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Hiring discrimination in Peninsular Malaysia study: A half-finished product

Koon Yew Yin

 job-garmen Last week I received a copy of an email invitation to a joint seminar by two academics, one from University of Malaya and the other from Universiti Kebangsaan Malaysia. The title of their talk was “Does race matter in getting an interview? A field experiment of hiring discrimination in Peninsular Malaysia.”.

As I have been an employer with over 40 years experience, the seminar topic intrigued me. Unfortunately I was not able to attend. Subsequently, I have been following the internet discussion generated by the seminar. This includes the recent letter from the two researchers requesting an apology from an online news site which reported on the seminar findings.

Is racial bigotry an issue in hiring?

According to the letter, the online website had through its headline ‘Malaysian employers practise racial bigotry, study shows’ grossly misrepresented the study. Although the two academics conceded that the article “fairly accurately conveys our main findings and conclusions”, they were upset by the politically incorrect term “racial bigotry” used in the headline.

In my view, the two academics, Lee Hwok Aun and Muhammed Abdul Khalid, would serve the policy public better if they put their energies into answering the question that they posed in their work – does race matter in getting an interview? If it does matter, then they need to explain why instead of making a mountain of a molehill over the use of the term “racial bigotry”.

According to their abstract, the researchers conducted a field experiment by sending fictitious résumés of Malay and Chinese fresh graduates to real job advertisements. They then analyzed differentials in callback for interview attributable to racial identity. According to them there were statistically significant differences in callback rates, “indicating racial discrimination” since “Chinese are substantially more likely than Malays to be called for interview, and the difference is more acute in engineering jobs compared to accounting/finance.”

The bigger question: Why are Malays less likely to be interviewed?

It is not rocket science to know that private sector employers – not only in Malaysia but all over the world – are not totally racially blind in whom they chose to interview or hire. Although their findings confirm this, they also found that “in engineering jobs, estimated discrimination against Malay applicants is highest among foreign-controlled companies, followed by Malay-controlled companies, then Chinese-controlled companies”.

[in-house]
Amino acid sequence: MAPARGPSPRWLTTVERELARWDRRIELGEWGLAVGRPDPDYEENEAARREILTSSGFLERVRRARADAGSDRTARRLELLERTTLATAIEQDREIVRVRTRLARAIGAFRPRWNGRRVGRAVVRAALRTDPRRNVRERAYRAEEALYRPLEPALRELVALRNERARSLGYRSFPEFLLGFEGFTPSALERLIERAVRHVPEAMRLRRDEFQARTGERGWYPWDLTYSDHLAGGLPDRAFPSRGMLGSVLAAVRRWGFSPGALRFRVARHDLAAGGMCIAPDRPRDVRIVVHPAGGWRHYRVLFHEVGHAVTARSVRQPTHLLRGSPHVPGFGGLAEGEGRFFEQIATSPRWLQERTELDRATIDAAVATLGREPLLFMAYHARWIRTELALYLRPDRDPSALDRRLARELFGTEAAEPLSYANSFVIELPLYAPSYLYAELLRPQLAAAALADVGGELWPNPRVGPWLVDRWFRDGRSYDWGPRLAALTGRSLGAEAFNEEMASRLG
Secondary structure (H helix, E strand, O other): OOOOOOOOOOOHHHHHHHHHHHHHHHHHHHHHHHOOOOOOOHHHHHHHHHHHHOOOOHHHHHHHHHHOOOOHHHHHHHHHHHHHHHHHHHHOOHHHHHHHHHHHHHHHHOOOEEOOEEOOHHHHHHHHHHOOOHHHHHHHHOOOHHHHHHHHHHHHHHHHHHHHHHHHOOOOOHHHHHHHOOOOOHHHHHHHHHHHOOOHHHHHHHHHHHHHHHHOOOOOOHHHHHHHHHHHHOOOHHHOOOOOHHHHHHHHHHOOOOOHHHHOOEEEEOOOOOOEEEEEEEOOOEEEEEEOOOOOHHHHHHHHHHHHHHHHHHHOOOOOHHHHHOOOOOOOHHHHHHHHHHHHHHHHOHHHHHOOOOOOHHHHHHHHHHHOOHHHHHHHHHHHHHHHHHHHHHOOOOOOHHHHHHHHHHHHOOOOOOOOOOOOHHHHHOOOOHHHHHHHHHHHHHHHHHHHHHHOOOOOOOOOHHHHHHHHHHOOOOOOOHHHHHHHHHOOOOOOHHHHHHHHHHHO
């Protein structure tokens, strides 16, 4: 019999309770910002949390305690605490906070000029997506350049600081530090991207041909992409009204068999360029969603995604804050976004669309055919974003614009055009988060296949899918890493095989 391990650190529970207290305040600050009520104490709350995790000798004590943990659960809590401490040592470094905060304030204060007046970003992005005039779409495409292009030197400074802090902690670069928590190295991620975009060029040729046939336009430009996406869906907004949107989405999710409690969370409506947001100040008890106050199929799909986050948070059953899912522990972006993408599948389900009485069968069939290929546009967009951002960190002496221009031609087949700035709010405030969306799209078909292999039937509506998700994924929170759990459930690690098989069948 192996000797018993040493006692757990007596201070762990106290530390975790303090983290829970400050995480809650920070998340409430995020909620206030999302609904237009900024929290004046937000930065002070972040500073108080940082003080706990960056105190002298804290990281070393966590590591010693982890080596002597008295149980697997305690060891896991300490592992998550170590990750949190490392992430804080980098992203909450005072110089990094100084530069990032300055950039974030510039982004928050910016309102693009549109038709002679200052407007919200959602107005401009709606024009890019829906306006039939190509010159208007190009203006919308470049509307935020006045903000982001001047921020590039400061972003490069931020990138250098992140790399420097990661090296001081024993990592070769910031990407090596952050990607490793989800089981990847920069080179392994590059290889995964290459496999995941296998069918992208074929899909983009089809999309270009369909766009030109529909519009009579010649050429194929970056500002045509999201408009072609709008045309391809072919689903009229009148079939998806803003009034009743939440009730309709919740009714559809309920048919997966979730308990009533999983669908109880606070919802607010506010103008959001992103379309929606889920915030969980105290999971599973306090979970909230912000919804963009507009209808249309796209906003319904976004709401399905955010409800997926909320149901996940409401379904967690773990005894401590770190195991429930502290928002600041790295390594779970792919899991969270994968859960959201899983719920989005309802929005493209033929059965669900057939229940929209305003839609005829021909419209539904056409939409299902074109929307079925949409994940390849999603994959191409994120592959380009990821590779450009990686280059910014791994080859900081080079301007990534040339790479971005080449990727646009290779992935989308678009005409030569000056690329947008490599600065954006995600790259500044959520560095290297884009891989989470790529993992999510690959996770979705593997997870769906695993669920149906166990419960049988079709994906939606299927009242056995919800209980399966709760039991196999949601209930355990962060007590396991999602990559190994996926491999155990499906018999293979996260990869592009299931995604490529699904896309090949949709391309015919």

Why are Malays less likely to be called for interviews despite apparently similar credentials? That is the important question to ask and answer. To this question, all we have is the suggestion that employers are less disposed toward Malays due to “compatibility factors and unobservable qualities”.

In less academic jargon or plain terms, what the two academics are saying is that they do not know why Malays are less likely to be interviewed although but they see this as indicating racial discrimination. What the two researchers have done is to allege the factor of racial discrimination without even interviewing the employers in their sample and examining deeper the reasons! Now what kind of research is this?

Of course race is a consideration in the employment market place and economy. Whether one is selling products or hiring staff, this factor is part of the calculus of business. In some cases it emerges as a major factor, in others less so, and in some cases not at all.

What are the reasons to explain this partiality or bias in interviewing for hiring? Is it because of ignorance? Is this reflective of attitudes and beliefs amounting to racial stereotyping? Is this a result of past experiences with incompetent staff from a particular race which have resulted in these so-called racially discriminatory practices? Does language competency play a role in this?

What explains the finding that foreign-controlled firms are the most prejudiced when in fact it is often assumed that they are the most race blind or least discriminatory. And why do Malay-controlled companies discriminate against applicants from their own race even more than Chinese firms?

All of these questions as well as other larger factors are completely ignored by the research. In my experience as an employer I have found that the Barisan Nasional’s pro-Malay bias in education and employment has resulted in sharply lowered standards. This has brought about a glut of Malay graduates, many of who are virtually unemployable as they lack English and Chinese language and social marketing skills.

Suggestions for follow-up work

The two academics claim that they have conducted the research to bring about a more informed and level-headed understanding of a contentious and difficult subject. To arrive at their objectives, I suggest that they take into account the feedback provided by members of the public to their work as well as conduct detailed fieldwork with the sampled employers.

Also, for their study to have policy significance, they should place their findings in the larger national context. This will require the employee breakdown of private (and public) sector employers in the country according to racial grouping as well as the racial composition of their employees.

This national picture will provide a better picture of who are being employed in the country and by whom, and will help to minimize any ugly finger pointing arising from the work.

Finally, I propose that they complement this study with one examining hiring and employment patterns in the Government, Petronas and GLCs where taxpayers’ money is being used to hire staff and where racial discriminatory practices should be much less tolerated.

 

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